Elections run smoothly despite fugitives, fog


TAIPEI — The polls for Taiwan’s 13th president and 8th Legislature ended Saturday without glitches, except for a few isolated and minor disturbances, such as a few voters who tore their ballots to shreds and activists who conducted electioneering outside polling stations without permission, Central Election Commission (CEC) Secretary-General Teng Tien-yu said after the close of the polling stations. Voting started at 8 a.m. and finished at 4 p.m. and CEC Chairwoman Chang Po-ya estimated that turnout would stand at around 80 percent once the ballots were counted. Teng noted that the act of tearing up ballot papers violates election regulations and offenders are subject to fines ranging from NT$5,000 (US$166.8) to NT$50,000. Saturday’s polls were the first time in Taiwan’s history that a presidential election has been held simultaneously with legislative elections. Fog Cancels Island Flights, Affects Voters Domestic flights to Taiwan’s outlying islands of Penghu and Matsu were canceled due to heavy fog at local airports, affecting thousands of passengers planning to travel home to cast their ballots in Saturday’s presidential and legislative elections, the Civil Aeronautics Administration (CAA) said later that day.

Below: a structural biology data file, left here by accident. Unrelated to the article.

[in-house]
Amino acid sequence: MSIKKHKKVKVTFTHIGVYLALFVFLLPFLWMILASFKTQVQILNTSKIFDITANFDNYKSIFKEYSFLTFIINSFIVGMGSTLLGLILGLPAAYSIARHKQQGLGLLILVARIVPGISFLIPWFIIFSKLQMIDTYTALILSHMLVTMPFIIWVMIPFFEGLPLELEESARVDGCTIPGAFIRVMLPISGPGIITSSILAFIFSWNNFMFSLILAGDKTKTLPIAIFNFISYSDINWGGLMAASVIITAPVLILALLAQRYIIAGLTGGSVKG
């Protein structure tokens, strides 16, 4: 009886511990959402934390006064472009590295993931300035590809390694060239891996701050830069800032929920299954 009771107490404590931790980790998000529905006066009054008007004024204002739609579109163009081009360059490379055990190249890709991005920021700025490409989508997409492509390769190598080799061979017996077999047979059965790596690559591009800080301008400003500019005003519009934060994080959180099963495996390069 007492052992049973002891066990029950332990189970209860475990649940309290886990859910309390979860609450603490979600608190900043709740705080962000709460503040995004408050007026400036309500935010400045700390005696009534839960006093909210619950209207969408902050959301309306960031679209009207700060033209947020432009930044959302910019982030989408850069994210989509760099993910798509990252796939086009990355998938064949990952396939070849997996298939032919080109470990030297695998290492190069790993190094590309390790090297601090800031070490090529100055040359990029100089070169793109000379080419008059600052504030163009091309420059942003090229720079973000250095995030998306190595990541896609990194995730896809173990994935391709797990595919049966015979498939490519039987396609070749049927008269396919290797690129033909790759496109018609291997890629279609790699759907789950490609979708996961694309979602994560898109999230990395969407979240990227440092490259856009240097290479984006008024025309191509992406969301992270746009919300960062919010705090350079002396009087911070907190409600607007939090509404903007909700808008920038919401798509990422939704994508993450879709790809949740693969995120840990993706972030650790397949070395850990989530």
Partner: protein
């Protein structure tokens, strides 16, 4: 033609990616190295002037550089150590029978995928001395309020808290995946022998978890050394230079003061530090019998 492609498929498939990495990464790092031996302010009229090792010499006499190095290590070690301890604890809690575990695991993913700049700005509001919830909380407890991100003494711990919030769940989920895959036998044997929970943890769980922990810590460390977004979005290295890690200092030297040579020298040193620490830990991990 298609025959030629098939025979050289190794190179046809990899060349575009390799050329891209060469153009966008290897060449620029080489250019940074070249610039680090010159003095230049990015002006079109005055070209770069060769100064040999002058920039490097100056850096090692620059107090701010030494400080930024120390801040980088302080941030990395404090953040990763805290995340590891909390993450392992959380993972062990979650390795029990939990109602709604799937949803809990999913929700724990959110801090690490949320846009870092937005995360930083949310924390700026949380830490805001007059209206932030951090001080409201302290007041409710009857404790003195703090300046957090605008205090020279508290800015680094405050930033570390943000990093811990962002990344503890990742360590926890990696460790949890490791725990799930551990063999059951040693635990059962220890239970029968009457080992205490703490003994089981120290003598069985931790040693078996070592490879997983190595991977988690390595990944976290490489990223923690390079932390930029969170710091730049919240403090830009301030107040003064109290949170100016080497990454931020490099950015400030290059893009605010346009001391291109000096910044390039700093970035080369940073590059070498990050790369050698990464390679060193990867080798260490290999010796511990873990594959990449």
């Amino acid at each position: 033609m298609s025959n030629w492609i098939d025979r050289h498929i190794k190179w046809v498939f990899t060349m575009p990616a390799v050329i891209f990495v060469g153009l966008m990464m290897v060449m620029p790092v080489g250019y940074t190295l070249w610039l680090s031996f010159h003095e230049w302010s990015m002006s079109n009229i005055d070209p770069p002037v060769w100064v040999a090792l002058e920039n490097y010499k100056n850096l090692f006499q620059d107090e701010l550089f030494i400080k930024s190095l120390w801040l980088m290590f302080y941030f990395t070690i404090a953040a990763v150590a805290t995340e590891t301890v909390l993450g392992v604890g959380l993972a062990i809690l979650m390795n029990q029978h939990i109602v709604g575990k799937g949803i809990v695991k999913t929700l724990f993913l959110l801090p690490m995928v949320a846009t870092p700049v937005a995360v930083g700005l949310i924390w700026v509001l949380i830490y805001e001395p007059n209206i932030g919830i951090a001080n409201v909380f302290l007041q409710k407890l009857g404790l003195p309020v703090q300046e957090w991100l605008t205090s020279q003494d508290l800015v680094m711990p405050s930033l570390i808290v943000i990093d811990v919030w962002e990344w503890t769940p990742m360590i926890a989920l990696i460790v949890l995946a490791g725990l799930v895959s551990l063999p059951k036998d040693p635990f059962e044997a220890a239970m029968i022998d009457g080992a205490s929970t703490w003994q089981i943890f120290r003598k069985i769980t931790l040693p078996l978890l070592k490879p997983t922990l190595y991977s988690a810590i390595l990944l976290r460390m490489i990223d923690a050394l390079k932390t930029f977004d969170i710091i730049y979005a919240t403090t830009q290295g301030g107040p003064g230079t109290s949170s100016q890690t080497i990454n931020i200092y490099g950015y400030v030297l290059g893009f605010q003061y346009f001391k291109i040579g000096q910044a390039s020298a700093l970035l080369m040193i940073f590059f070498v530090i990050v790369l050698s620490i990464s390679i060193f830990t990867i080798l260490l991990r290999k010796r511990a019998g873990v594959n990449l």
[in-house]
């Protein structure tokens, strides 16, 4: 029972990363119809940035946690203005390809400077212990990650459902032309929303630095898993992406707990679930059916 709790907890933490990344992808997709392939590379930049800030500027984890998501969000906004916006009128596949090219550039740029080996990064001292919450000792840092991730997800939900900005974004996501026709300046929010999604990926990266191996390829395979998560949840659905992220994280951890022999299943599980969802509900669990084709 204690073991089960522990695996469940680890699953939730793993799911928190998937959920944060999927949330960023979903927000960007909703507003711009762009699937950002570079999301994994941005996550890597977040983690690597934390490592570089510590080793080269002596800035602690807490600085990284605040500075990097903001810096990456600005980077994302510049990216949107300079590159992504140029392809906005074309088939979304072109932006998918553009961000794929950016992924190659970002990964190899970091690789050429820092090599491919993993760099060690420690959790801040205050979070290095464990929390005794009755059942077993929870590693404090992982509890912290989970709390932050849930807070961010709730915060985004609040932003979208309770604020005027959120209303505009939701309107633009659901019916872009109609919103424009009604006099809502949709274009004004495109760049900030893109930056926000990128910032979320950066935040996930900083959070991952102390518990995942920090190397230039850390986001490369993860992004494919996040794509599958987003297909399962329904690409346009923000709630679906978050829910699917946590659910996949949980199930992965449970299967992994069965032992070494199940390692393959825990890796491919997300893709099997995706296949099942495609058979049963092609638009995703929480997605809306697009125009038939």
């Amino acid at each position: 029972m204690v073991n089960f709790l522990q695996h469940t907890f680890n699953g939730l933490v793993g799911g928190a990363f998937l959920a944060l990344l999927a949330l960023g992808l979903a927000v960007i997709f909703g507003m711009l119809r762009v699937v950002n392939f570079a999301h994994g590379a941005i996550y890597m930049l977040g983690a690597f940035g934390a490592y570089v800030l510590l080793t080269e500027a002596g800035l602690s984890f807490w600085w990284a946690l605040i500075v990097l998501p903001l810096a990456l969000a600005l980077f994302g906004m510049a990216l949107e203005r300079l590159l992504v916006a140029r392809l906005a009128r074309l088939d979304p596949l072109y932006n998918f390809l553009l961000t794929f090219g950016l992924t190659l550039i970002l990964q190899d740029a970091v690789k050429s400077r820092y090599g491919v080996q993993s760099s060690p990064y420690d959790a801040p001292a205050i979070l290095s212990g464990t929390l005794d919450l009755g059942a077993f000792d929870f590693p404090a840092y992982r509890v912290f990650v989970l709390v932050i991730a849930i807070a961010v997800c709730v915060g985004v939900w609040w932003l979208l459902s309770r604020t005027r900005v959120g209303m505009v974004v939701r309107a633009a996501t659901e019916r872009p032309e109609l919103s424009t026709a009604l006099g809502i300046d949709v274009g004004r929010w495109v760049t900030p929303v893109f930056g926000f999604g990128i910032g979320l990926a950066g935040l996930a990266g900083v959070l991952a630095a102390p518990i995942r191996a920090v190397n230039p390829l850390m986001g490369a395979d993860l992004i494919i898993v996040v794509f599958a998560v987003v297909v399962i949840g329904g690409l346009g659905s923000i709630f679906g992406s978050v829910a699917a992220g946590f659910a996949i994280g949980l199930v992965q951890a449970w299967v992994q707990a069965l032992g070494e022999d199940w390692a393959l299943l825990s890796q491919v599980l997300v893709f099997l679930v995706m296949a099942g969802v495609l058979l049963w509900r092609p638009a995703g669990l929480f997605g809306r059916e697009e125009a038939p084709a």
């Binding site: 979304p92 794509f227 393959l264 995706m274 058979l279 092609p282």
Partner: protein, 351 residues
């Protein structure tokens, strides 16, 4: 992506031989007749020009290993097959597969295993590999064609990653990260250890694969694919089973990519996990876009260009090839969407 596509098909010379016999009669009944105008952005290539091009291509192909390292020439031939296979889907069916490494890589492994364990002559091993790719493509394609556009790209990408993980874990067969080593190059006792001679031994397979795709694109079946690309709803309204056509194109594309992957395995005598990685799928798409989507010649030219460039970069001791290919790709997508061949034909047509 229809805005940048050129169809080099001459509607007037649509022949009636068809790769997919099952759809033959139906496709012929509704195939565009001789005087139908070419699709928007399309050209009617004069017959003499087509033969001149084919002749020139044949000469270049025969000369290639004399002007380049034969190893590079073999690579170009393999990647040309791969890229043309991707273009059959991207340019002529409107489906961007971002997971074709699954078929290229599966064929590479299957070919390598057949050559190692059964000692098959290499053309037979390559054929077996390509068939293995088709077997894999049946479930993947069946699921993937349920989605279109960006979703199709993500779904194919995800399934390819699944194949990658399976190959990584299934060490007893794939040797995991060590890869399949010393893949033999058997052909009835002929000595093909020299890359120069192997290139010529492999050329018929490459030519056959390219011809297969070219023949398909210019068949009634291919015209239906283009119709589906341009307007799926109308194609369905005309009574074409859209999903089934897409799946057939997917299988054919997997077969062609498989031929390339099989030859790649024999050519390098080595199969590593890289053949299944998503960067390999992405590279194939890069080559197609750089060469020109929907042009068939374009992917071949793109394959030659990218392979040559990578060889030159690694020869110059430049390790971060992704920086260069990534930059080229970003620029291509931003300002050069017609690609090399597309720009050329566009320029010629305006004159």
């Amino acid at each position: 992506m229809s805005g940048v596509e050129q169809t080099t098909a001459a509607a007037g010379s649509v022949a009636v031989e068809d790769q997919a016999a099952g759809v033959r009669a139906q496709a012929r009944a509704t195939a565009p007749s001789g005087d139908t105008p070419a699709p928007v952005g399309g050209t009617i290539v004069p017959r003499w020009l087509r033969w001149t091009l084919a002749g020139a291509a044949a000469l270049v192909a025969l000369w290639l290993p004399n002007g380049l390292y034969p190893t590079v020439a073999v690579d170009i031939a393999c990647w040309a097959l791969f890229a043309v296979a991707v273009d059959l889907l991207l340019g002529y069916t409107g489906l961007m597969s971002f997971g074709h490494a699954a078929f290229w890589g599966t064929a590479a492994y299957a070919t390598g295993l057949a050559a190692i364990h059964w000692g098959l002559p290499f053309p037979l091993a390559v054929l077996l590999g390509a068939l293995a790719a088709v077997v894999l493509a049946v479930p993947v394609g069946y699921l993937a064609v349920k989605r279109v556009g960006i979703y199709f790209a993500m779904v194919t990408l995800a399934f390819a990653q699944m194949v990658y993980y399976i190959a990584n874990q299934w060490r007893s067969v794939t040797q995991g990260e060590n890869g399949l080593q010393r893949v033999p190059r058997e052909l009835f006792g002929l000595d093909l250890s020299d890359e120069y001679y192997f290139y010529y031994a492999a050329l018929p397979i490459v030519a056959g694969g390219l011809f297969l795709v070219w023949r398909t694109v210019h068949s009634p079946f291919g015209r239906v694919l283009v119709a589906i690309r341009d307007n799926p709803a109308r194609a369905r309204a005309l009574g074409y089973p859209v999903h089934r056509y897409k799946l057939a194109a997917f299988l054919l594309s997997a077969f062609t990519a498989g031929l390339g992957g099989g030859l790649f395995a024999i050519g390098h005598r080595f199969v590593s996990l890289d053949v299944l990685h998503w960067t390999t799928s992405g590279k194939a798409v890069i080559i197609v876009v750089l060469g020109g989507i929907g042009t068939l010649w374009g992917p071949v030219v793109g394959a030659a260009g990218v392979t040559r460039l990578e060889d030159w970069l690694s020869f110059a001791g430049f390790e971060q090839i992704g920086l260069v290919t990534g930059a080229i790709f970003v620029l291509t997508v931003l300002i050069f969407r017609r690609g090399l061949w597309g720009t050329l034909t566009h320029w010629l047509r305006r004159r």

As of 4 p.m., around 40 flights from Taiwan proper to Penghu and Matsu had been canceled because of the fog.